Behind them, the cherry tree surrendered its remaining leaves to the snow-coated pile gathering on the lawn. Farther back, the rusty leaves of the oak tree waved in the sunlight, proud to have hung on through the recent high winds and driving rain.  According to the calendar, there is still more than a month of autumn left, but we all know that it's really only autumn with a wink and air quotes. In reality, it's just an extra month tacked on to the beginning of winter, but with a slightly less depressing face.

As ever, sadness and loss surround us on all sides, but so does beauty and abundance.  We must find a way to see and embrace both.  Our outdoor environment becomes unfriendlier with the change in weather, but as we hunker down inside, we draw one another in closer for warmth.  There are changes to grieve and changes to celebrate.  And as a wise woman said, there is always, always, always something to be thankful for.

I hear a bluejay calling: "Hey guys -- over here!"

Wednesday, November 7, 2012

Hard frost. Even the parsley has surrendered, and the leaves of the cherry tree are dropping like stones to the ground. The bird bath is frozen solid. Now come the short grey days. But after I adjust to all the nakedness around me, November ends up having its own stark beauty.

No more flamboyant colours - variations on tan and grey are the order of the day.  No more fields pregnant with the promise of corn and wheat; the remaining dry stalks bend and rattle in the wind. As Joni Mitchell so beautifully put it, "All that stays is dying, all that lives is getting out" - a few hardy birds the exception that proves the rule. Yet the sight of the sun slanting low across a once-golden field in the late afternoon almost makes it hard to mourn the summer now long gone and the autumn winding down.  Hush now, and walk quietly.  The natural world is bedding down for a long nap.

Thursday, June 7, 2012

The Wild Life

I love birds.  Not all kinds of birds, but most kinds (grackles, starlings, and crows need not apply).  I love their colours, songs, behaviours, and the fact that seeing one almost always makes me smile.  I like to attract them to the deck off our kitchen, because that's the best way for me to get to see and enjoy them up close. In fact, I currently have five different types of bird feeders attached to my deck railings, just so that everybody from hummingbirds to cardinals gets their preferred type of feed.  I even keep a bag of unsalted peanuts handy so I can throw them to the bluejays when requested.

I do not, on the other hand, love squirrels.  Squirrels, in my experience, are generally ill-mannered brutes and gluttons.  They do not play well with others.  Call me a specist if you will, but there it is.  I would like squirrels just fine if they were reasonable and willing to share.  The problem is that they park themselves on any available bird feeder (except for the hummingbird-specific one, of course) and stuff themselves until the food is gone. The red squirrels (so deceptively cute) are the worst of the lot in terms of gluttony.  They are extra annoying because they are also bullies, chasing away any creature that dares to trespass on what they see as their own personal spa.  I am not exaggerating - I've seen them gorge themselves, take a long sip of water from the birdbath, then stretch out along the railing as if trying to get a nap and a tan.  I'm sure they'd accept a massage if one was offered.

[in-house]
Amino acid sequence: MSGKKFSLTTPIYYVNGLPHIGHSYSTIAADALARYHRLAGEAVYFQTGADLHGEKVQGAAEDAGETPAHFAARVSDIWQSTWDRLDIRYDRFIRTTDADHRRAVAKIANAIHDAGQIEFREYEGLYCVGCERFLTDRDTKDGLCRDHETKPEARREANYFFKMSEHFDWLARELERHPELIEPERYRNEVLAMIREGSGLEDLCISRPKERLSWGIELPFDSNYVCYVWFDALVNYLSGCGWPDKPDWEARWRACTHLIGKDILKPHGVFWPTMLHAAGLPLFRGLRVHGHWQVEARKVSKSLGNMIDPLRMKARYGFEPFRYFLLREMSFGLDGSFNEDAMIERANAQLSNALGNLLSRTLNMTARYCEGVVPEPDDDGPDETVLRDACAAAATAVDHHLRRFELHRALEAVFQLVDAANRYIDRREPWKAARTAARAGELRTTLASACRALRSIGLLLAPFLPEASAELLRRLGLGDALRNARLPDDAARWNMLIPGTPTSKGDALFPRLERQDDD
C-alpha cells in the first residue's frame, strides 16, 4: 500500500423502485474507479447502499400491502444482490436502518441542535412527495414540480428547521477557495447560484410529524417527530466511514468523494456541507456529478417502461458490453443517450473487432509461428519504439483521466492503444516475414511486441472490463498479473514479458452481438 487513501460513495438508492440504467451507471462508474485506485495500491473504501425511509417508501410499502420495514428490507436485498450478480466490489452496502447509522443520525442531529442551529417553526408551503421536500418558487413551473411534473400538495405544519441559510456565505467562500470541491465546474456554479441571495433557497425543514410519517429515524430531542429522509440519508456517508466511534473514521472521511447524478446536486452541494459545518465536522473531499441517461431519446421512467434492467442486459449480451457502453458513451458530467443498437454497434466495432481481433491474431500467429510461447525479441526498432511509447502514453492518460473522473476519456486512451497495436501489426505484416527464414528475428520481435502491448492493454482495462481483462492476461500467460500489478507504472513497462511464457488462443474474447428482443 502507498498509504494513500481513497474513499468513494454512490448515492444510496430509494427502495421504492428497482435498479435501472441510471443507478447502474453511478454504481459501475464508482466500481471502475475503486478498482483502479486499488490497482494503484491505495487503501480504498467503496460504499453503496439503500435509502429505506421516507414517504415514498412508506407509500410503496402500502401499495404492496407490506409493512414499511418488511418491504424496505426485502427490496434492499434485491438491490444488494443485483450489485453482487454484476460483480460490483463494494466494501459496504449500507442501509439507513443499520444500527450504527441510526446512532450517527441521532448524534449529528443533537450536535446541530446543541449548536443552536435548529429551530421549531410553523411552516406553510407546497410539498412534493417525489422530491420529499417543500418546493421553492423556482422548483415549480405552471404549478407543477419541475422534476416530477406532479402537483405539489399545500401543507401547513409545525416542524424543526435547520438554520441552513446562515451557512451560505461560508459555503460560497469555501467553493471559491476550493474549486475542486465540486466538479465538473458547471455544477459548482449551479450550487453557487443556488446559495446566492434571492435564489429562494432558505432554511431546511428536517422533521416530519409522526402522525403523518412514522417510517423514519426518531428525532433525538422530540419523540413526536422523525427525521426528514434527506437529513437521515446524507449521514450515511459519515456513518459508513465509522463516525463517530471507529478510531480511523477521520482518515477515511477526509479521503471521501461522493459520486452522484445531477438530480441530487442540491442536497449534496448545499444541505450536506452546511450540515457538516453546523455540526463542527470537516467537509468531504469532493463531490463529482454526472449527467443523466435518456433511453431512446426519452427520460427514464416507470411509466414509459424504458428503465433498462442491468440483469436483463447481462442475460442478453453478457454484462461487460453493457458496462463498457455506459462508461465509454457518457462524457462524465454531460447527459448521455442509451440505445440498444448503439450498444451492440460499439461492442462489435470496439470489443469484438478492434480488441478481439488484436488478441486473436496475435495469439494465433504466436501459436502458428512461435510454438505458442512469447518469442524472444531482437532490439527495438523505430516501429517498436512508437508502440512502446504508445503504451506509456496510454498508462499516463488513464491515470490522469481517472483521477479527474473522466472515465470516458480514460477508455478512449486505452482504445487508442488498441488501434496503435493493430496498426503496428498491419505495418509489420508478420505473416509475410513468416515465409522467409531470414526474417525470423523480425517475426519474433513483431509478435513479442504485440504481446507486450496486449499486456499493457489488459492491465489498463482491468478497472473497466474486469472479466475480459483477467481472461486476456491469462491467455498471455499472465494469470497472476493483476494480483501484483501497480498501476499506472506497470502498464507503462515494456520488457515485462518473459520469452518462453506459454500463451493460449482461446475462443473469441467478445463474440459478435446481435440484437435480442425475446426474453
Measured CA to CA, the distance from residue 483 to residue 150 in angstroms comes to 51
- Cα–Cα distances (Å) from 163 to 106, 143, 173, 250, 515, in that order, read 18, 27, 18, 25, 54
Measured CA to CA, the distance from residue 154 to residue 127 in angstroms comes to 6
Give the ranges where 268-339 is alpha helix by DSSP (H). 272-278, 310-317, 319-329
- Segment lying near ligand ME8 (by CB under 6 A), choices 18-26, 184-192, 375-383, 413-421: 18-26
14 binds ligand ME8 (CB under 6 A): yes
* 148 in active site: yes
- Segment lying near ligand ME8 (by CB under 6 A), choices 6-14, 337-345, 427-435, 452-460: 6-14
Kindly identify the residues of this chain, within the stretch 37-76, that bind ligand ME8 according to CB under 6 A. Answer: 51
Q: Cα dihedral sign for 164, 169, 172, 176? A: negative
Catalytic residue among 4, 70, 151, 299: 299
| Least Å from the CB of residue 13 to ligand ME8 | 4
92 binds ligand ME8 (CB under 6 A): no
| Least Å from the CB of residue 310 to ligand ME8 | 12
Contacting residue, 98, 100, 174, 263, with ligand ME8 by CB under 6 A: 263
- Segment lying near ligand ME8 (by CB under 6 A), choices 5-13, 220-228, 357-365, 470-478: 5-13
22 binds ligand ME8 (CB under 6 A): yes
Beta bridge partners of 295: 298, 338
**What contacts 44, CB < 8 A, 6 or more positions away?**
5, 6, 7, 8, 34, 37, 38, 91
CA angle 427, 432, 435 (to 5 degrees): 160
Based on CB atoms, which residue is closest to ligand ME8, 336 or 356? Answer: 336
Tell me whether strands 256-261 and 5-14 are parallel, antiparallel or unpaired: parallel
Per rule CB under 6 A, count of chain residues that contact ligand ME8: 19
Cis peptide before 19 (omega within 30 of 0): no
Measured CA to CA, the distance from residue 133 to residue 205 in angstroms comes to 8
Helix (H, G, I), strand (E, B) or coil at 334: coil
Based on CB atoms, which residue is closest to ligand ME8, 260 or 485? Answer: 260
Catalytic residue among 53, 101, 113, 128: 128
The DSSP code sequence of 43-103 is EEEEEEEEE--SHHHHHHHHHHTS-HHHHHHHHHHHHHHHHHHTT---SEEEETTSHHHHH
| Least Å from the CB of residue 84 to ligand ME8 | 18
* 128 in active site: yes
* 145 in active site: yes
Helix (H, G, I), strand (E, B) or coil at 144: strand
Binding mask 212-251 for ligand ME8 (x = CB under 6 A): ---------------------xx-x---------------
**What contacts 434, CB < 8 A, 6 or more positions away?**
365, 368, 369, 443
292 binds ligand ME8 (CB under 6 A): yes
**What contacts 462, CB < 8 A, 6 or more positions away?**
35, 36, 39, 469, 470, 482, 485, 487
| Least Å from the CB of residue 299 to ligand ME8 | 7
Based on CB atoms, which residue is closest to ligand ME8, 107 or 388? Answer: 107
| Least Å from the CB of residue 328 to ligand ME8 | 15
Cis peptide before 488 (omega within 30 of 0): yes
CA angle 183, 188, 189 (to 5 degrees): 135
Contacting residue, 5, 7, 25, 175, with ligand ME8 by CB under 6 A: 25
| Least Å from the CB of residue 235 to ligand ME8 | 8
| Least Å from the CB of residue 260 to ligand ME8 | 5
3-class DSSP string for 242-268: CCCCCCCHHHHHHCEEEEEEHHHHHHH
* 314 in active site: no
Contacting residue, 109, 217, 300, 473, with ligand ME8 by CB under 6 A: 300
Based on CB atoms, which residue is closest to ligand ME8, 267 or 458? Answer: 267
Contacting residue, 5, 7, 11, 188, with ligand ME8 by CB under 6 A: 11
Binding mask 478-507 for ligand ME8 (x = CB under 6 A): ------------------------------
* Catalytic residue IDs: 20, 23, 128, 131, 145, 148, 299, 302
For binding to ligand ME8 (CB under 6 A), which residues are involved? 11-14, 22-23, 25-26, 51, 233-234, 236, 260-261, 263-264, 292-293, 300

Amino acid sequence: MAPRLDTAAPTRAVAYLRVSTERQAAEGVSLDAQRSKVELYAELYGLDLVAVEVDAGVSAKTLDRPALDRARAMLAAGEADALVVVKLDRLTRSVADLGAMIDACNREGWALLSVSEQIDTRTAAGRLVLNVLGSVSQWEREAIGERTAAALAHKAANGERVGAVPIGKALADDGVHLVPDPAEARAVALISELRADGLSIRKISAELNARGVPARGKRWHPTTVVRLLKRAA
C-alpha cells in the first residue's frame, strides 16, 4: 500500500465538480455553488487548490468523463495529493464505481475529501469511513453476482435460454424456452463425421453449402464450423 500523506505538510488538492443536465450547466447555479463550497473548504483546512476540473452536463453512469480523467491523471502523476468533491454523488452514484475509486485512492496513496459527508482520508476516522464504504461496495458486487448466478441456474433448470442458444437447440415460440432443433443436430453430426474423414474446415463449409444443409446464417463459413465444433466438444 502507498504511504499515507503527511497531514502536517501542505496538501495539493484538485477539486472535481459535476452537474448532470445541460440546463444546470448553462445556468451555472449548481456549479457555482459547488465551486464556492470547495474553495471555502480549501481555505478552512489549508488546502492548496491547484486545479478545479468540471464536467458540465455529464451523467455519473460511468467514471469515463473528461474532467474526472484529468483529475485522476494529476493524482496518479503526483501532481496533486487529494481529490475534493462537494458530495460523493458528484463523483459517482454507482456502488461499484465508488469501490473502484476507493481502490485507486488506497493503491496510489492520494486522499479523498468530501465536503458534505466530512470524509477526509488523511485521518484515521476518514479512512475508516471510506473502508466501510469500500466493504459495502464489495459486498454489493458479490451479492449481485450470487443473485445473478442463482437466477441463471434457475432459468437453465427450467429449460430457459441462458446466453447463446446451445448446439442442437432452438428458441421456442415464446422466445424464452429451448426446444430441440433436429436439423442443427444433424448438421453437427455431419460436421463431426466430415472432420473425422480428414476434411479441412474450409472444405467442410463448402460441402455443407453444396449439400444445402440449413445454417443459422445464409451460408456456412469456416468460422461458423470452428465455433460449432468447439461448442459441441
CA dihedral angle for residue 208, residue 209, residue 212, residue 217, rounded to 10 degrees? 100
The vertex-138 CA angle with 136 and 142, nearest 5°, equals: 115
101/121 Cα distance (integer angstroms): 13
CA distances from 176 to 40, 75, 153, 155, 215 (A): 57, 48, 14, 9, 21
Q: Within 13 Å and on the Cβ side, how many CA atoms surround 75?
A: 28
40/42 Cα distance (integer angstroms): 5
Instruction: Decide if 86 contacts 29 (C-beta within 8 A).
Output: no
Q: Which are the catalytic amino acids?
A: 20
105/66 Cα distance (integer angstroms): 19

My family has almost gotten used to my banging on windows, waving my arms, yelling, chasing, and threatening to buy a gun with a silencer.  Almost, not quite - there's still a fair bit of eye-rolling that goes on.  No matter what I try, those little red devils are always one step ahead of me.  Yesterday I watched one chase a beautiful cardinal couple away from the feeder, and I saw red (pun intended).  I had to try something desperate.

I don't have a handgun license, so I did the next best thing.  I drove to the WBU store and grudgingly laid down the big bucks for a "squirrel-proof" feeder.  Now, I'm not naive - I've been around long enough to know that sooner or later, my squirrels are bound to figure a way around even these defenses.  I just needed to feel like I had the upper hand, if only for a day or two.  I actually got a bit of discount by purchasing a feeder that someone else had returned, not because of a problem with squirrels, but with raccoons!

Well, I took my new purchase home, set it up, and took some pleasure in watching my now perplexed freeloaders trying to figure it out in the evening.  So far so good.

As I headed off to bed a few hours later, the thought crossed my mind that I hoped no neighbourhood raccoon would come by and knock it down.  I'd rarely had any issues with coons, but for some reason I flicked on the outside light as I walked past the deck door just to check.  The sight that met my eyes had me convinced that I must be on Candid Camera.